POC Joint VPD Air Knee Pads

Xan Marshland reviews the POC Joint VPD Air Knee Guards (knee pads) for Blister Gear Review
POC Joint VPD Air Knee Pad

POC Joint VPD Air Knee Pads

Color: Uranium Black


  • Low profile, slip-on design
  • Neoprene anti-slip lining
  • Reinforced stretch fabric
  • Perforated pad for aided ventilation
  • Certified with EN Standard 1621.1

MSRP: $80

Size Tested – Small & Medium

Blister’s Measured Weight:

Small: 135 & 138g (each)

Medium: 158 & 160g (each)

Intended Use: Trail/All-Mountain/Enduro

Days Tested: Small Pads: 10; Medium Pads: 15

Locations Tested: Santa Cruz, Bay Area, & Pacifica, CA; Ashland, OR; northern NM

A Little Background

I’ve always seen the appeal of knee pads, but I’ve rarely found myself wearing them outside the bike park since the most protective pads are usually the worst for pedaling, and a lot of the more pedal-friendly ones don’t offer enough protection to justify wearing them on a trail ride.

A lot of riders I know find themselves in this dilemma.

Fortunately, more protective products are coming out designed with both pedaling and harsh impacts in mind.

One such product is the POC Joint VPD Air Knee Pad. It joins POC’s lineup of bike armor, and brings the brand’s VPD technology to a lighter, more breathable, and more minimal-coverage package.

Xan Marshland reviews the POC Joint VPD Air Knee Guards (knee pads) for Blister Gear Review
Xan Marshland in the POC Joint VPD Air Knee Pads, Ashland, Oregon.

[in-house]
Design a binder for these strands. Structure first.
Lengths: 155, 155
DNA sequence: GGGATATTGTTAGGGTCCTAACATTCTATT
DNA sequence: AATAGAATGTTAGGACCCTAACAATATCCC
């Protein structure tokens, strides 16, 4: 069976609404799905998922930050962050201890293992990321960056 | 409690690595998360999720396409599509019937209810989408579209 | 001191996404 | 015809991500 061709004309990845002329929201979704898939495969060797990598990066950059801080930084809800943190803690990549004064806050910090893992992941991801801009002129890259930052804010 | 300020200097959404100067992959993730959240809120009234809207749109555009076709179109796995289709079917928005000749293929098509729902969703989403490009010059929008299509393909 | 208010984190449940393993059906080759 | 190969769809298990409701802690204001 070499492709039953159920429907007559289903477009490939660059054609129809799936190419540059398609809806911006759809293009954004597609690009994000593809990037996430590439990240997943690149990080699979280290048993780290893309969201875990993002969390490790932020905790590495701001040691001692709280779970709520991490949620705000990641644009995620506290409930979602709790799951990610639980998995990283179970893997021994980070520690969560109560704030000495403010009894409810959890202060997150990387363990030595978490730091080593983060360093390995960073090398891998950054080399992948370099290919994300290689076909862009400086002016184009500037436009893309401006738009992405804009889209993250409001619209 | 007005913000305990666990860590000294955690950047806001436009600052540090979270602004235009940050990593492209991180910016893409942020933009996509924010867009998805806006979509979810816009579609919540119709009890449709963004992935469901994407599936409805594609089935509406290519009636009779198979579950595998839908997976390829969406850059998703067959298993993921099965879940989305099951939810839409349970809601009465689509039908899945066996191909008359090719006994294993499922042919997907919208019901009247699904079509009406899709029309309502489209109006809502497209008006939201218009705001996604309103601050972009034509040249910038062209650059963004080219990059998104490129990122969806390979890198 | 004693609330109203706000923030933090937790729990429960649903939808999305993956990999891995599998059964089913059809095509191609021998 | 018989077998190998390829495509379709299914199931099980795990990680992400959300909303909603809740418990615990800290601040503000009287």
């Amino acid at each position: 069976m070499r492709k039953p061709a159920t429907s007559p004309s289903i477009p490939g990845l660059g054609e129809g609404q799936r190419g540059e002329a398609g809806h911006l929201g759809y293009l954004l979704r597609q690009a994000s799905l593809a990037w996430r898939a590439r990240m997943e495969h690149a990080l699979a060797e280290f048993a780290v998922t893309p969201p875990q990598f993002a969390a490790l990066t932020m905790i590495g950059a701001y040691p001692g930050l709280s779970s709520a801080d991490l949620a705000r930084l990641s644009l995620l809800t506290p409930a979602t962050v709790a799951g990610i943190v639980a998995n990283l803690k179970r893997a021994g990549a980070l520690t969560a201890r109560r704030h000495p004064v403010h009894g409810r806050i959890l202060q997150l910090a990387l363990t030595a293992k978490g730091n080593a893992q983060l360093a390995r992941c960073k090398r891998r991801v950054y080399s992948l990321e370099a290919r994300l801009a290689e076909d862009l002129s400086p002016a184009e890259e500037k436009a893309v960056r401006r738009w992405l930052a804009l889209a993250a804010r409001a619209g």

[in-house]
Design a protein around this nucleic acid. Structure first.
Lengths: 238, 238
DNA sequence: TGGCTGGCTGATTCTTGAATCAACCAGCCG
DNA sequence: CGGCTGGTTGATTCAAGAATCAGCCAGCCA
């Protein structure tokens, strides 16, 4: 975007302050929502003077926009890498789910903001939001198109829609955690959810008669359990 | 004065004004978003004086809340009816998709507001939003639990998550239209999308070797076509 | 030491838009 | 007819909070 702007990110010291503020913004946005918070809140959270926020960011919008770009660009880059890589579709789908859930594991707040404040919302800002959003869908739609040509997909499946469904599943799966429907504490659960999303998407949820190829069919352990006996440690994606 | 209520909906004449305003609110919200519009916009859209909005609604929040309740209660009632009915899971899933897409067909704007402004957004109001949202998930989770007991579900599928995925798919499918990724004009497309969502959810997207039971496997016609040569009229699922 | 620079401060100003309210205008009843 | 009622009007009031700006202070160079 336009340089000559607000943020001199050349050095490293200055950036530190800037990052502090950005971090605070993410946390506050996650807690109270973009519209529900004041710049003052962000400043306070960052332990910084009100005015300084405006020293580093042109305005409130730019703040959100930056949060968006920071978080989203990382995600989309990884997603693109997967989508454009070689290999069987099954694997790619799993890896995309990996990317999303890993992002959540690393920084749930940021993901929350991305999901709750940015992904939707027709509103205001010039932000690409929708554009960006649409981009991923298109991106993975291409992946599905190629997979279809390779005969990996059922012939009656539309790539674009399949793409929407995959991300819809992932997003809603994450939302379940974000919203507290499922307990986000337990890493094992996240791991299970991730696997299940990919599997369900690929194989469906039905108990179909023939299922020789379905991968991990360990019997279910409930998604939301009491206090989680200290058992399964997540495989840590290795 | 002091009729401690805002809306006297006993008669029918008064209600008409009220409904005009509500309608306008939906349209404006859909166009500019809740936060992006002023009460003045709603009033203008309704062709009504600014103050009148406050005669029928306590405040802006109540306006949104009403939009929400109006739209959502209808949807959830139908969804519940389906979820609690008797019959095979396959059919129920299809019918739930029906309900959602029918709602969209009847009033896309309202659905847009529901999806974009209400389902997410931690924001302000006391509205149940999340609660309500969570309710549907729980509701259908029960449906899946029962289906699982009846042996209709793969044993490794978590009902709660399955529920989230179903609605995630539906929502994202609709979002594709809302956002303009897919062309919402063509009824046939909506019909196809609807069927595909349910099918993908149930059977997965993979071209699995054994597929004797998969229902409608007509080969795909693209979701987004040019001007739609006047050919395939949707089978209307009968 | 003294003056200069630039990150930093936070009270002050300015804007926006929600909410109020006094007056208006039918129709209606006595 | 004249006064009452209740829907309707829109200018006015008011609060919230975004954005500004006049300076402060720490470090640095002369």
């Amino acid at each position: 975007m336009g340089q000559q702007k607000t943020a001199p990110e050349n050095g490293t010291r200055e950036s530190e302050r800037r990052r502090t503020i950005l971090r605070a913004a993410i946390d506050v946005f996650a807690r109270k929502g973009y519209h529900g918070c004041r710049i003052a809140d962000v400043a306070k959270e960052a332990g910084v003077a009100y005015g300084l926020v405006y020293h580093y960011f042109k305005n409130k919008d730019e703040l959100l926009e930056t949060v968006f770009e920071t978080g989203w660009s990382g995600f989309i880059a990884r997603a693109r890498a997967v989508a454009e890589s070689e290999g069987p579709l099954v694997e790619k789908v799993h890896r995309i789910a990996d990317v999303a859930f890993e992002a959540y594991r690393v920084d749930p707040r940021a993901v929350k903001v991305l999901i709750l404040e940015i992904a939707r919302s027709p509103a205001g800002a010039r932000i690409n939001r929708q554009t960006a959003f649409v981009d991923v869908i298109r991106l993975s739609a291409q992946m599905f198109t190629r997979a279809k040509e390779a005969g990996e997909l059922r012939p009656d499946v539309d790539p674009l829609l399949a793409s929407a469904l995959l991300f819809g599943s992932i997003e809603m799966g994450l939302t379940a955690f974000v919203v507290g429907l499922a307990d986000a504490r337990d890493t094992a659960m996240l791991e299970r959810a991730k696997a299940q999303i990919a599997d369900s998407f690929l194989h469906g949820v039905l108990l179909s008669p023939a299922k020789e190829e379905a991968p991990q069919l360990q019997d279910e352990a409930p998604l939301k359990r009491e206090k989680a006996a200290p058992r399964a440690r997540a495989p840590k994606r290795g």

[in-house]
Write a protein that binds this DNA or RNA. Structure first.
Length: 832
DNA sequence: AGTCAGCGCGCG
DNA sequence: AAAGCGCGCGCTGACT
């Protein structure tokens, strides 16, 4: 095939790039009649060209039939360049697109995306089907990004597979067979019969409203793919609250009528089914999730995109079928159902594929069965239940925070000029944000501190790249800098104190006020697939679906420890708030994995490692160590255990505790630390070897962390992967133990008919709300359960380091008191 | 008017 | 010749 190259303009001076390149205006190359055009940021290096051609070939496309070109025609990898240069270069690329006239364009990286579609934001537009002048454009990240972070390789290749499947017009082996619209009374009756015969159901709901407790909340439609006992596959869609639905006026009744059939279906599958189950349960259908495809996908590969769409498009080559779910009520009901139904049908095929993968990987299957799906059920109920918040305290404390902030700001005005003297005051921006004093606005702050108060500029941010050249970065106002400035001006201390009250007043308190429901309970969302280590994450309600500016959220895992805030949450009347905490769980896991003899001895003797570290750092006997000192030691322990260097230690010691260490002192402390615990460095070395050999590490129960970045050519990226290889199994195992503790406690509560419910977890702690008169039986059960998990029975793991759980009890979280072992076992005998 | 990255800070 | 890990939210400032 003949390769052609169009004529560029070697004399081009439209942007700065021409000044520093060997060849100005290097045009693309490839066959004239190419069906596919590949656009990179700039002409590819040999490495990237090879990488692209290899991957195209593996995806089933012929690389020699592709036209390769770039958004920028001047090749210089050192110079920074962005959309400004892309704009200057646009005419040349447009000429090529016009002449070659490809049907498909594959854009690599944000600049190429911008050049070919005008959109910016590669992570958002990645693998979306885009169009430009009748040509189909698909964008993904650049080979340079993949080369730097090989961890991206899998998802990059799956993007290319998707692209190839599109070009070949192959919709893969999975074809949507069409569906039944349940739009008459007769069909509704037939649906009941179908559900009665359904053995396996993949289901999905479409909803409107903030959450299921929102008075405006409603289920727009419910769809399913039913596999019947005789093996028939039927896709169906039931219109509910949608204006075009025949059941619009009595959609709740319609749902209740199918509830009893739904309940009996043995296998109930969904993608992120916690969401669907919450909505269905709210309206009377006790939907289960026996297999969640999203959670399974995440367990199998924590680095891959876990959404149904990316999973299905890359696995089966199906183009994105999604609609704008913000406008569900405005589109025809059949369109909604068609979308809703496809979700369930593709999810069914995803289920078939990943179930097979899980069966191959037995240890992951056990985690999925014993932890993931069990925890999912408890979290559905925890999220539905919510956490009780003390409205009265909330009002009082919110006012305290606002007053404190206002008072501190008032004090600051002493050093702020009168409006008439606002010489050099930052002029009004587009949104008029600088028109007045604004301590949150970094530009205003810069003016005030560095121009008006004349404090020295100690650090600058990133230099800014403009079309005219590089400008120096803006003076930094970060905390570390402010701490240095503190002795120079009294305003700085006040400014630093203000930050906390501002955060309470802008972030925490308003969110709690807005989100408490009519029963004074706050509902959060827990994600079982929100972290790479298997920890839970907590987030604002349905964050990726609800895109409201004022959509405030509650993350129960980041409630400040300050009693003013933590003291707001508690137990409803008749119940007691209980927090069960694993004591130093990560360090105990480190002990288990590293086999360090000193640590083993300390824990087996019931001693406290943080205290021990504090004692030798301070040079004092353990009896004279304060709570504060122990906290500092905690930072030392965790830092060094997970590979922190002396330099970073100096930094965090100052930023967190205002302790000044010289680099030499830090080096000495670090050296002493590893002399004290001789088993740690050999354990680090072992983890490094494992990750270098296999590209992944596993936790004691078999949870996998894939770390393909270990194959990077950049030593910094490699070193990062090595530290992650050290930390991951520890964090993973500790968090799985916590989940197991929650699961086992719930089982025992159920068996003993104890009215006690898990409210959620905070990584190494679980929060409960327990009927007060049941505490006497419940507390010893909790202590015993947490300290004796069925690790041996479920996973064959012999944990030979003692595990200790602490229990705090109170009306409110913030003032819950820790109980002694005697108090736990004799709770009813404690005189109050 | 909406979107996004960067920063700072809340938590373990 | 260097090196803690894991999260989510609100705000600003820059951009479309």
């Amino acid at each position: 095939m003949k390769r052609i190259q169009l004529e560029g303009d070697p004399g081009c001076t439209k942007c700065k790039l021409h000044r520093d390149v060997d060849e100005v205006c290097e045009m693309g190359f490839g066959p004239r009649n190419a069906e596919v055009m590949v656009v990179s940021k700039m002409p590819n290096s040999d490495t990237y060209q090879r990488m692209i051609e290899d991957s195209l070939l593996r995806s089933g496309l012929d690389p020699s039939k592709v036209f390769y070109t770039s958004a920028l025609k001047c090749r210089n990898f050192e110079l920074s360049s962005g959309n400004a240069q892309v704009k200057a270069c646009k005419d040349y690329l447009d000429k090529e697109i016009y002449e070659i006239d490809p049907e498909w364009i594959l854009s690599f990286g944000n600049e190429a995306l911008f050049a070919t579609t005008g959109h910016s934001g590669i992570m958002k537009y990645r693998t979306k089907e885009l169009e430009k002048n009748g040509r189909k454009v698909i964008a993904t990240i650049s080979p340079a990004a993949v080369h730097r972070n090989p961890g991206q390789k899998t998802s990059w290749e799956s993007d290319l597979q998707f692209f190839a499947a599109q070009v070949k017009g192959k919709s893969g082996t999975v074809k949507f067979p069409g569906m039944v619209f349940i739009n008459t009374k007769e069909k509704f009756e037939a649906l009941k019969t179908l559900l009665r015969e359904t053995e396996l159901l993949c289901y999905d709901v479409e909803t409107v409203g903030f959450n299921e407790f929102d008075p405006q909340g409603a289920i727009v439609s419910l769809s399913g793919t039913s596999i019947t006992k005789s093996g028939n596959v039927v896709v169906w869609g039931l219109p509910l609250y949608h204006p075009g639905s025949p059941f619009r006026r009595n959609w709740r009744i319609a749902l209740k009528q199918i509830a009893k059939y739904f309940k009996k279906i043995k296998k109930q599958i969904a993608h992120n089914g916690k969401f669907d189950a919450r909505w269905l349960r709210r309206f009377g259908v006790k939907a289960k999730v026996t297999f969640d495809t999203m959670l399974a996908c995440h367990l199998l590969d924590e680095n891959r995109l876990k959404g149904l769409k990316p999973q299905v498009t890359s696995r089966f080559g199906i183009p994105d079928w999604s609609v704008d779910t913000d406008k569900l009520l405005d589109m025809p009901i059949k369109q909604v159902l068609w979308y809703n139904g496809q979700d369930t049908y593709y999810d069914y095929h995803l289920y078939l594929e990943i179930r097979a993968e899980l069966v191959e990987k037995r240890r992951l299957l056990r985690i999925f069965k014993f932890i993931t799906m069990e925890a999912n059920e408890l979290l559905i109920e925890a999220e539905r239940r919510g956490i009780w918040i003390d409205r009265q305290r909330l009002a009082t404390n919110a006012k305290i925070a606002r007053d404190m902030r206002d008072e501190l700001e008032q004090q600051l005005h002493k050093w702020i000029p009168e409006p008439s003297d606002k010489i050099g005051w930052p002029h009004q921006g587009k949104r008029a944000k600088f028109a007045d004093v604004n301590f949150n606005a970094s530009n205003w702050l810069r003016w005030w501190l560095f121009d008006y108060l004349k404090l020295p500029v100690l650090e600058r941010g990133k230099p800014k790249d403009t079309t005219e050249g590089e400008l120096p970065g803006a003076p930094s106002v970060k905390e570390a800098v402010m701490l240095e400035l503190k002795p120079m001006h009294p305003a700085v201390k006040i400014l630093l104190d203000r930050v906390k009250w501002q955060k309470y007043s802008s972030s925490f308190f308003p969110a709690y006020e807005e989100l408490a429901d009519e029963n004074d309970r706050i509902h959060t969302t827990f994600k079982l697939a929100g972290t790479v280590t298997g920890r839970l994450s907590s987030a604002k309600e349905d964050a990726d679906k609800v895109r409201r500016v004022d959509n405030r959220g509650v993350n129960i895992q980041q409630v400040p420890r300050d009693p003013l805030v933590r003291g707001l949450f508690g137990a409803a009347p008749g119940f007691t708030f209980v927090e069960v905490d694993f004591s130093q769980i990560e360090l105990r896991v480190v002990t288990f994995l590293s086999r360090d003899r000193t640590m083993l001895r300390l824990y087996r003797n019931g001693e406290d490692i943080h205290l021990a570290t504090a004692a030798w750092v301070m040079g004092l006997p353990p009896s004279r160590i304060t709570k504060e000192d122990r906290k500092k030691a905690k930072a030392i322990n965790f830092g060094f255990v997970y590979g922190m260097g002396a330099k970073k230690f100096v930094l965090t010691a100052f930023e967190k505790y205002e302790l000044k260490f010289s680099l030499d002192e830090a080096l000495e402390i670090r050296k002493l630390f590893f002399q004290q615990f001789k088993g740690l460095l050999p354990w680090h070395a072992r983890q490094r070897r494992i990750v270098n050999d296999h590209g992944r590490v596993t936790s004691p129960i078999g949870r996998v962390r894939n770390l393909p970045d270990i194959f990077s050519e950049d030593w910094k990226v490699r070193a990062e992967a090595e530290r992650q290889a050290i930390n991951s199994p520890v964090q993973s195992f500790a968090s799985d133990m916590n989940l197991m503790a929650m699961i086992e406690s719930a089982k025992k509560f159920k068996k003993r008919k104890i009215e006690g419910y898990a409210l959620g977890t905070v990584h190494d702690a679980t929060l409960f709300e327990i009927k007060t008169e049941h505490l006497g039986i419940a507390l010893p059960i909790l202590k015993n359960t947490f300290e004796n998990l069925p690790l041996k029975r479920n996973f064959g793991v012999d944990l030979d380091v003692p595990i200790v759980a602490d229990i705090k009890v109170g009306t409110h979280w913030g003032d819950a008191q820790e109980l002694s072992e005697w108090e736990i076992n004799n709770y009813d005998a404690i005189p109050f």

Blister’s editor-in-chief and I have both been testing the VPD Air Knee, so Jonathan is going to be chiming in on this review, too.


The Joint VPD Air Knee is a slip-on pad that utilizes a single Velcro strap at the top of the pad to keep it in place. The sleeve of the pad is made of thin neoprene, which is designed to ventilate well while also keeping the pad in place. Ventilation is also aided by perforation in the VPD pad.

“VPD” stands for “visco-elastic polymer dough.” This is a material that shares properties with non-Newtonian fluids–they’re soft and malleable in most situations, but stiffen under a harsh impact.

POC and a few other brands have used non-Newtonian materials in their lighter pads in the past few years, and this type of construction has been praised as a good way to gain more protection from a comfortable and flexible pad.

That said, this is clearly still a lighter-use pad. Compared to the brand’s more park and DH-oriented pads–the Joint VPD 2.0 and the Joint VPD 2.0 DH– the VPD Air Knee pads cover a lot less surface area, prioritizing comfort and weight savings over all-out indestructibility and protection.

Within the actual protective area of the pad, there are two different segments of VPD material, which are joined together at an angle to fit over the top of the kneecap. POC decided to end the coverage there, with little attention to the sides of the kneecap or top of the shin.

Despite being smaller and lightweight, the Joint VPD Air still meets EN Standard 1621.1 – Europe’s universal standard of impact diffusion for bike armor.

It’s worth noting, however, that this doesn’t mean that the Joint VPD Air is equally protective as the brand’s other pads just because they all uphold the same impact-diffusion standard. An EN 1621.1 rating is only a statement of the pad’s ability to diffuse a dead-on impact, and says nothing about overall coverage or durability.

NEXT: Fit, Comfort, and Performance

4 comments on “POC Joint VPD Air Knee Pads”

  1. Great reviw, i`ve made my mind, i will order both knee and elbows pads from POC, thank you guys, keep it up :-)

  2. The Leatt 3DF Airflex has some side protection. Would you say that the Airflex offers better protection in a lighter package which breathes better in hot weather? Have you tried the 7iDp Sam Hill knee pads?

Leave a Comment